Frequently asked questions
Is the 737 MAX safe?
Yes. Through the work Boeing has done with customers and regulators to certify and implement the software update and associated training, the 737 MAX will be one of the safest airplanes ever to fly.
What had to happen before the 737 MAX could fly again?
Boeing met all of the requirements of the U.S. Federal Aviation Administration (FAA), European Union Aviation Safety Agency (EASA) and other regulatory authorities to achieve certification and safe return to commercial service. Boeing completed a robust set of requirements including, among other items:
- Software and training enhancements - designed and tested to the highest standards.
- Regulatory certification and validation flights - demonstrated performance of new software.
- Joint Operations Evaluation Board (JOEB) - FAA and international partners from Canada, Europe and Brazil evaluated pilot training requirements including simulator sessions.
- Final design documentation and multiagency report - regulators’ final review design documentation to evaluate compliance with all regulations. All steps have been confirmed and approved by EASA.
- Continued Airworthiness Notification to the International Community (CANIC) and Airworthiness Directive (AD) issued - FAA documented acceptance of Boeing changes to software and training and set required corrective actions to be implemented by airlines before aircraft may reenter commercial service.
How did Boeing enhance the flight control system?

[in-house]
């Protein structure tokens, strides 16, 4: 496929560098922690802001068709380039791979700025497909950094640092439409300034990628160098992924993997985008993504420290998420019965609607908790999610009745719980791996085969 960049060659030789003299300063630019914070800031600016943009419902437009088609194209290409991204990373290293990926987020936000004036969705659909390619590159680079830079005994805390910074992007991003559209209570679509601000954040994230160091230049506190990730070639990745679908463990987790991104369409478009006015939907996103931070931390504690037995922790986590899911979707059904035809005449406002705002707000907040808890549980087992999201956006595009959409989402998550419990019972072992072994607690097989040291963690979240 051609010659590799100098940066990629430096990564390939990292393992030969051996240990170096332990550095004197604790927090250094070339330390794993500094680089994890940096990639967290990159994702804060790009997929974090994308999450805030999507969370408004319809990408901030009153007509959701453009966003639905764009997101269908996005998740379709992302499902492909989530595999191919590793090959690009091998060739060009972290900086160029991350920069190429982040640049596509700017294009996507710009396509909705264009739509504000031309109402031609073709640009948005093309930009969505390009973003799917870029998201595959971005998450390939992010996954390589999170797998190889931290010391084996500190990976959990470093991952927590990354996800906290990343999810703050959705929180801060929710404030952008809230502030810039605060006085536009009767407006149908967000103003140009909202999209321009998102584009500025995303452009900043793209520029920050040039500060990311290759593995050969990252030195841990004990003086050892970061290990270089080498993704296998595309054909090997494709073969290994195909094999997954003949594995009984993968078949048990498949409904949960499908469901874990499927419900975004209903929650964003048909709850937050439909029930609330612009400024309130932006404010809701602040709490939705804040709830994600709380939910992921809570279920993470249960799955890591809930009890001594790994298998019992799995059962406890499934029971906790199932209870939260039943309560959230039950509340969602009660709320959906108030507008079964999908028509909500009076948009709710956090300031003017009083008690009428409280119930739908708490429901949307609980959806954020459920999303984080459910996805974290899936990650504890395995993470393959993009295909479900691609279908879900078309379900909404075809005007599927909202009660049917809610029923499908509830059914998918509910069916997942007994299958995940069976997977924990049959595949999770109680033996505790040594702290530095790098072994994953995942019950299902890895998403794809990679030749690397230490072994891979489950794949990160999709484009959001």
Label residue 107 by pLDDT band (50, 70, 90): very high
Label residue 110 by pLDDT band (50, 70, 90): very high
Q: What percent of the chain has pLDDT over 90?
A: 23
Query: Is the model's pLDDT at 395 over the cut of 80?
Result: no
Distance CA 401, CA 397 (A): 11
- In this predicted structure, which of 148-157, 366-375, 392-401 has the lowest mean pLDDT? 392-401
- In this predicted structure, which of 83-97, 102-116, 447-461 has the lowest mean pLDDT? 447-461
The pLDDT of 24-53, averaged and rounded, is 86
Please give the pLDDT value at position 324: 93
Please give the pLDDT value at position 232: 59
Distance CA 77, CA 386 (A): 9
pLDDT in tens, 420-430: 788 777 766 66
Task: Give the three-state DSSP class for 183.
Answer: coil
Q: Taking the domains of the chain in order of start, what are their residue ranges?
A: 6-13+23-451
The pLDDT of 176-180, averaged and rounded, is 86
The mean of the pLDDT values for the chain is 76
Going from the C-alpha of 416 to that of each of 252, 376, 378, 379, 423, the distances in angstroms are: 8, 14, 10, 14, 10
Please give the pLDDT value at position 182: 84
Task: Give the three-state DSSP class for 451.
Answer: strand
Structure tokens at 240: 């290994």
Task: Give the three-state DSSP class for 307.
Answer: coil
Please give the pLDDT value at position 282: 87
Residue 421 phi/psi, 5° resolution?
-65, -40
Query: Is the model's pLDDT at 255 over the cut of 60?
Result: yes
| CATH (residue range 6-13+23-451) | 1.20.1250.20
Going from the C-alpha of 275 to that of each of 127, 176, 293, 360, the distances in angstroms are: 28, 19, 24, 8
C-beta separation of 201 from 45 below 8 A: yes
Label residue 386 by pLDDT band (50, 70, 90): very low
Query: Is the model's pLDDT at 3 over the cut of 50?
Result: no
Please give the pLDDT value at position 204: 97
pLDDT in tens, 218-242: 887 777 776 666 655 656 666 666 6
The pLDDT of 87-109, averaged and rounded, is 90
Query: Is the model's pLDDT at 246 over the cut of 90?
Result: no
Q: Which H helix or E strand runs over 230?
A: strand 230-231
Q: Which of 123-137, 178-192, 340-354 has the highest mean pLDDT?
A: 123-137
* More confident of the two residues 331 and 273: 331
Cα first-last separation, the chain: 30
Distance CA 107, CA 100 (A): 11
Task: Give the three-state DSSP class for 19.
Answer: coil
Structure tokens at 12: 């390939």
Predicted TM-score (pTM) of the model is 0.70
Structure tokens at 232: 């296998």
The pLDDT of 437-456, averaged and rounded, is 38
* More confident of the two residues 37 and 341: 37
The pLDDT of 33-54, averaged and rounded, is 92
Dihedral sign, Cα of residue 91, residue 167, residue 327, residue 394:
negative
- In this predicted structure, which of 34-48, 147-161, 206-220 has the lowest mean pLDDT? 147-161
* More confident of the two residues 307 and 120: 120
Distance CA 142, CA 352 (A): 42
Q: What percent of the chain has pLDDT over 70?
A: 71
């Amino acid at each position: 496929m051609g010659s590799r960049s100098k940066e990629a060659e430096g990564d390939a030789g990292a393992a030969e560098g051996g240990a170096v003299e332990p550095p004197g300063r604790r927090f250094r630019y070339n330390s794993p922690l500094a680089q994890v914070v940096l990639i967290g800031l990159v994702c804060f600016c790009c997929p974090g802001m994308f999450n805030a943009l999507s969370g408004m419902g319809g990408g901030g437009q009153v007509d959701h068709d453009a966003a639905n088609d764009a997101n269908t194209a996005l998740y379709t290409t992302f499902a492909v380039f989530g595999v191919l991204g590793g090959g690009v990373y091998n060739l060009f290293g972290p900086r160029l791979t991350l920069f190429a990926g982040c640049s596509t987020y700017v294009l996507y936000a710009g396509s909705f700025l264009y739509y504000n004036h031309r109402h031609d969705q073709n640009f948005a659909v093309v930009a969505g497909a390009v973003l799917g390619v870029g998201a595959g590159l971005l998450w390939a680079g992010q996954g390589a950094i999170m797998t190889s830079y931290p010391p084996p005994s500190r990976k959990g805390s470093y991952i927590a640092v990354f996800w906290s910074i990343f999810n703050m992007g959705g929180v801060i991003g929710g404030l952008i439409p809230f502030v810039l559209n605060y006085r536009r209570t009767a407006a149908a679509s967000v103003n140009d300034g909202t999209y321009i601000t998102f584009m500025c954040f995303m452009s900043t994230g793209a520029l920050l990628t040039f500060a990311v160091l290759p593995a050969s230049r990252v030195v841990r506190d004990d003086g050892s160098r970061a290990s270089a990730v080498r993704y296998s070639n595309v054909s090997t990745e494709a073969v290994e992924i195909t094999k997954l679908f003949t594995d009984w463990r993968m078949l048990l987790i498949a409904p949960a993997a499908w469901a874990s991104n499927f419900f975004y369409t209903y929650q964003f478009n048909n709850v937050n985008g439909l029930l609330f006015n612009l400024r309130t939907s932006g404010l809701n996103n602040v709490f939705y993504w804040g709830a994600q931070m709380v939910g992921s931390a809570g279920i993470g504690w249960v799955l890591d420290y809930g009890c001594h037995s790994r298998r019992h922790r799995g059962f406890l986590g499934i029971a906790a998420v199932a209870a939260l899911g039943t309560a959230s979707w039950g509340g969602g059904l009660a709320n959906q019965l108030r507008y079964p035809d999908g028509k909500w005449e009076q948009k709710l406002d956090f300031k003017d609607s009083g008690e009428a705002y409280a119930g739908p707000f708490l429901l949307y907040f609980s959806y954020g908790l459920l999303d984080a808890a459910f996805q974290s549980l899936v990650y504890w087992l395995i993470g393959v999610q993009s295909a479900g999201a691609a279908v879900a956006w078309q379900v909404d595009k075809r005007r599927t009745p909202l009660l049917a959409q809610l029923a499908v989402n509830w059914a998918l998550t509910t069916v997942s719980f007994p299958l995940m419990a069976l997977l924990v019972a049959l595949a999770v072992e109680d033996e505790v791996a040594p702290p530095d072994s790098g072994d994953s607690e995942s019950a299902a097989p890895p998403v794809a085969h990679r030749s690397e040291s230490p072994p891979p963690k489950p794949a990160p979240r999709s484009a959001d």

Boeing redesigned how the airplane’s flight control computers process the information provided by the Angle of Attack (AOA) sensors. They now compare information from both AOA sensors - instead of one - before activating, adding a new layer of protection. Also, the Maneuvering Characteristics Augmentation System (MCAS) will now only activate once and will never provide more input than the pilot can counteract using the control column alone. Pilots will continue to have the ability to override MCAS at any time.
What was done to gather industry input on the new software?
Boeing hosted more than 550 participants from airlines and regulators around the world to experience the software updates in simulator sessions. The company conducted 20 global conferences with more than 1,100 participants from more than 280 organizations to help operators and financiers prepare for return to service and provide them the opportunity to ask questions. Additionally, Boeing conducted dozens of conferences with 737 MAX operators worldwide and weekly technical calls to ensure all the appropriate steps were being taken to prepare for a safe return to service.
How robust was the original certification process for the 737 MAX?
The 737 MAX was certified in accordance with the FAA requirements and processes that have governed certification of previous new and derivative airplanes. The 737 MAX certification process extended for more than five years and involved 110,000 hours of work on the part of FAA personnel, and they flew or supported 297 test flights.
Will flight tests be performed before deployment to commercial service?
Yes, flight tests will be performed on each aircraft before being returned to the service.
What happened to aircraft that had been grounded?
Throughout the time being grounded, all seven 737 MAX aircraft have undergone the regular maintenance recommended by the aircraft manufacturer. Watch it in this video.
How can I tell if my flight will be operated by the 737 MAX?
You will be notified of the type of aircraft planned for your journey during the booking process. You can also check afterwards in My booking.
I don't want to fly the 737 MAX. What are my options?
Although we have full confidence in the safety of the 737 MAX, we understand that you may wish to fly with another type of aircraft. In such case, you can rebook free of charge. For more information, click here.